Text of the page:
England, England – Julian Barnes

I only read two books by Barnes: The Sense of an Ending, which I liked, but not loved and Keeping an Eye Open: Essays on Art,  which I loved at the beginning, but it became a bit repetitive by the end (it’s a collection of essays, so probably better suited to read over a longer period of time than in one go, as I did). I think I have Levels of Life on my Kindle and England, England I bought last year in a second-hand bookstore. Why did I buy it if I was not amazed by his other books? Because I like how Barnes uses the language, his rich prose is almost tasty, even if I am not moved by the plot or characters. Also, the premise of this book is fascinating. Because it is Saturday and I am a bit lazy and it’s quite decent, here’s the blurb from the cover:

As every schoolboy knows, you can fit the whole of England on the Isle of Wight. In Julian Barnes’s new novel, the grotesque, visionary tycoon Sit Jack Pitman takes the saying literally and does exactly that. Starting from the premise that most tourists are interested only in the top attractions and are as satisfied with a replica as with the real thing, he constructs on the island ‘The Project’, a vast heritage centre containing everything ‘English’, from Buck House to Stonehenge, from Manchester United to the White Cliffs of Dover.
The project is monstrous, risky, and vastly successful. Indeed it gradually begins to rival ‘Old’ England and threatens to supersede it.

The book starts very slowly, actually, I started it once before and gave up after a few pages. This time I continued because I really wanted to read about ‘The Project’. It starts with Martha, later to become the Appointed Cynic on ‘The Project’, pondering the meaning of memories and how we remember things, to what extent can one trust memory. When ‘The Project’ starts it is as ridiculous as it sounds, we have egocentric Jack Pitman, very Trump-like, in the center, surrounded by the Appointed Cynic, Official Historian, Ideas Catcher, etc. all working on distilling the essence of ‘englishness’ and recreating it on the Isle of Wight. The Official Historian tasked with finding out how much people know about the history of England, quickly realizes it’s not a lot. The Project progresses and is extremely successful, unhindered by its own absurdity.

It is not a plot-driven book, nor a character-based one, both plot and the characters are devices that Barnes uses to muse on memory, on the value of original versus copy, and if copy actually is inherently worse. He touches on the subject of innocence, on how constantly playing parts in our lives starts affecting who we really are and, of course, on what does it mean to be English, what is England. His absurd, sarcastic critique of it is unsparing. Towards the end of the book, as he describes the fall of ‘Old’ England his observations feel almost prophetic, they so well match the current situation (the book was published in 1998).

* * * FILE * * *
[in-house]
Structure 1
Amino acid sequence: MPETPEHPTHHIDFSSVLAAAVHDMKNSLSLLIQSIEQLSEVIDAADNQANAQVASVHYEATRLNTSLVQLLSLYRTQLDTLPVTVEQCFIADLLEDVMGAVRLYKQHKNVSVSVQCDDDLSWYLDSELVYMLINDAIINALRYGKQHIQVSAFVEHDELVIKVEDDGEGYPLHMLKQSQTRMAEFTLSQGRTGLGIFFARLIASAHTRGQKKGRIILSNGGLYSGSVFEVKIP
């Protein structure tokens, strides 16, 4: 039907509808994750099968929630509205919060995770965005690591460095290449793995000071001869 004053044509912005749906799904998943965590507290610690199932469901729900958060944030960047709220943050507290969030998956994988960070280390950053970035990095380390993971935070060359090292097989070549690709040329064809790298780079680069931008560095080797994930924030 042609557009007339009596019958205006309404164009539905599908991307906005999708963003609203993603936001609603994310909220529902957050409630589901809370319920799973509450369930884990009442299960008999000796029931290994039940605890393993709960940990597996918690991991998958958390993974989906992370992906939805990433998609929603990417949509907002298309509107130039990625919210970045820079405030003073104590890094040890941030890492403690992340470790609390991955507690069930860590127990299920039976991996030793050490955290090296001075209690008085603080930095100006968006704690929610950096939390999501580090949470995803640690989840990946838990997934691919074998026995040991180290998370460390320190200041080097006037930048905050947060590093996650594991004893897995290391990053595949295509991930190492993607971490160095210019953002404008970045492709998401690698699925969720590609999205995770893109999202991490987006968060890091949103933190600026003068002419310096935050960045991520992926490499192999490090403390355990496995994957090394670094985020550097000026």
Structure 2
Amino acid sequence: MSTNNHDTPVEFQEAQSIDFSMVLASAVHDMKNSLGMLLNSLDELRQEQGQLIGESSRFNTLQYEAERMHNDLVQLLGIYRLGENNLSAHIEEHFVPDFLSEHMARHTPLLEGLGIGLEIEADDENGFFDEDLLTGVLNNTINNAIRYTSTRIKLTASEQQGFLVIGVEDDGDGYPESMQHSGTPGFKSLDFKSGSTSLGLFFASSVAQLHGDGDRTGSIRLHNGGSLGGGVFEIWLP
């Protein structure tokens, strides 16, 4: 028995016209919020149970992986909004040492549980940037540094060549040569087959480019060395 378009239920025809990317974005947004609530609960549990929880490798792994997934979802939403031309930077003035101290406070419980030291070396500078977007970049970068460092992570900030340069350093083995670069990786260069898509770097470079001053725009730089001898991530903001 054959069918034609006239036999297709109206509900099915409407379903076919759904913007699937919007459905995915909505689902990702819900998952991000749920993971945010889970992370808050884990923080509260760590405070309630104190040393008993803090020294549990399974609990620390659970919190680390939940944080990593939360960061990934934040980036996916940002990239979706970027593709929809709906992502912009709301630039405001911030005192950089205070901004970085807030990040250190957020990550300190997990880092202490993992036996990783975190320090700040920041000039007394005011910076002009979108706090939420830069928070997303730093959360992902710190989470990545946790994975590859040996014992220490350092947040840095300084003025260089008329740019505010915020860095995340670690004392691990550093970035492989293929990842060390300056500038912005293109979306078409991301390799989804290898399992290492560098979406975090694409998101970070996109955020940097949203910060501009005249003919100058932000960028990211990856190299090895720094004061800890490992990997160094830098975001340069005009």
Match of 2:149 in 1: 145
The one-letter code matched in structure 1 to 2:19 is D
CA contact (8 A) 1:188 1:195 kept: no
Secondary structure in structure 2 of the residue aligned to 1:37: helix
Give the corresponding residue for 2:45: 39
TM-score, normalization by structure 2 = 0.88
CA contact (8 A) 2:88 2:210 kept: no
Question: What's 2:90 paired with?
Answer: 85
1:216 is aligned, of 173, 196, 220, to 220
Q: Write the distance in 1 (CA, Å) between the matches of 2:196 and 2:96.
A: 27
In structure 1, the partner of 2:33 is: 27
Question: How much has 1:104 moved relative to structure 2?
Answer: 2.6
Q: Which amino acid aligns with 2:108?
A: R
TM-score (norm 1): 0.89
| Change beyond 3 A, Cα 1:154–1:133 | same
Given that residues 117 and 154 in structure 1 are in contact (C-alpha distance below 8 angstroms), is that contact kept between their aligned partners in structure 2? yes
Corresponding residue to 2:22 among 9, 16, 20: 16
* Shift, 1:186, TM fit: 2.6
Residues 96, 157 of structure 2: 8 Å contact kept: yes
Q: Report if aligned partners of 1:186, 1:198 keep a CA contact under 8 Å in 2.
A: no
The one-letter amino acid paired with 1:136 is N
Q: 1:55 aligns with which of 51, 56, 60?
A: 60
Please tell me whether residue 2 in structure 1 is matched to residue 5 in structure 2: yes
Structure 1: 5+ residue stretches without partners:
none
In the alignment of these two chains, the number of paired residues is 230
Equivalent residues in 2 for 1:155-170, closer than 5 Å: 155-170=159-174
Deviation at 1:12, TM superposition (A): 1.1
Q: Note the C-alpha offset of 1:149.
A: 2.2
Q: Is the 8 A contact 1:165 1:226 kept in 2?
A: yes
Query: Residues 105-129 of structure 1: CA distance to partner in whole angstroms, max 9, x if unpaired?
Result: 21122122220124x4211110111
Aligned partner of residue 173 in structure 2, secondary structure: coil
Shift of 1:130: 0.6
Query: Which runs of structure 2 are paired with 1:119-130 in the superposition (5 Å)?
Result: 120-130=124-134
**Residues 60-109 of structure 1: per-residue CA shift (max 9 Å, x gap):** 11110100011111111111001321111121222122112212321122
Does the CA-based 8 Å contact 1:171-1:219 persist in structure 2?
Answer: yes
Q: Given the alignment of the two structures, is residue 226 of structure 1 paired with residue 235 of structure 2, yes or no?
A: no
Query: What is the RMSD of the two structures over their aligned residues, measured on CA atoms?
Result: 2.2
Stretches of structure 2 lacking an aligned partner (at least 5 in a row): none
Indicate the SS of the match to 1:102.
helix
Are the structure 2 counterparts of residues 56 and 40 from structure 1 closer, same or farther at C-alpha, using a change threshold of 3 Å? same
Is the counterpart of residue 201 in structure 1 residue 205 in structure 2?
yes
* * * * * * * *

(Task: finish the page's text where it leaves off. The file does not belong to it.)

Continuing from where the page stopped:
I liked this book, it does not speak to emotions, the characters are all awful people, but it aims directly at your intellect, successfully engaging it in the argument it is making on our world and humanity. An interesting read, I’ll probably give Mr Barnes another chance to finally wow me.

Brexit quotes from England, England

Quotes from England, England

Photo by Violetta Kaszubowska @ vkphotospace

10 thoughts on “England, England – Julian Barnes

  1. Something about the quotations in your previous post and this review make me think of Kurt Vonnegut – the way he skewers the absurdity of humanity, the over-the-top plot points, etc. Does Barnes seem to offer any conclusions or prescriptions for the future? Have you read Vonnegut and does the comparison hold?

    Liked by 1 person

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  3. I read Vonnegut years ago and when I tried to re-read his books few years ago I found out that I just cannot focus enough on them. I think the comparison holds to a certain point, definitely there is similarity in how both of them use absurd and exaggeration to highlight human flaws, but I think Barnes is more approachable in his writing style. Also the other two books of his that I read were absurd-free, so I think it was a device he used in this one, as opposed to Vonnegut where it is the main focus of his writing – how absurd the human condition is. Barnes does not offer a conclusion or prescription, I think he more expects us to continue as we do, irrespective of what anyone says or writes, but he also gives a glimmer of hope at times in showing people are not always selfish and driven by power. Thanks for the comparison, it did make me look at England, England in a different light!


  4. I read this absolutely years ago and recall really enjoying it, although not enough for a re-read, it seems. I’ve read a couple of his linked novels about a couple but found them a bit cold and too clever.

    Liked by 1 person

    1. That’s true, he doesn’t seem to be an emotional writer. I will probably give him another chance, because I enjoy his language, but so far I was not blown away. What other novels by him have you read? Do you think I should try any of them?

      Liked by 1 person

      1. Talking it over and Love etc.: I should have reviews on my blog as they came out after I started writing it, but apparently I didn’t review them. OK, but not worth a re-read. I don’t mind a cold writer sometimes, but he just seems too distanced and analytical.

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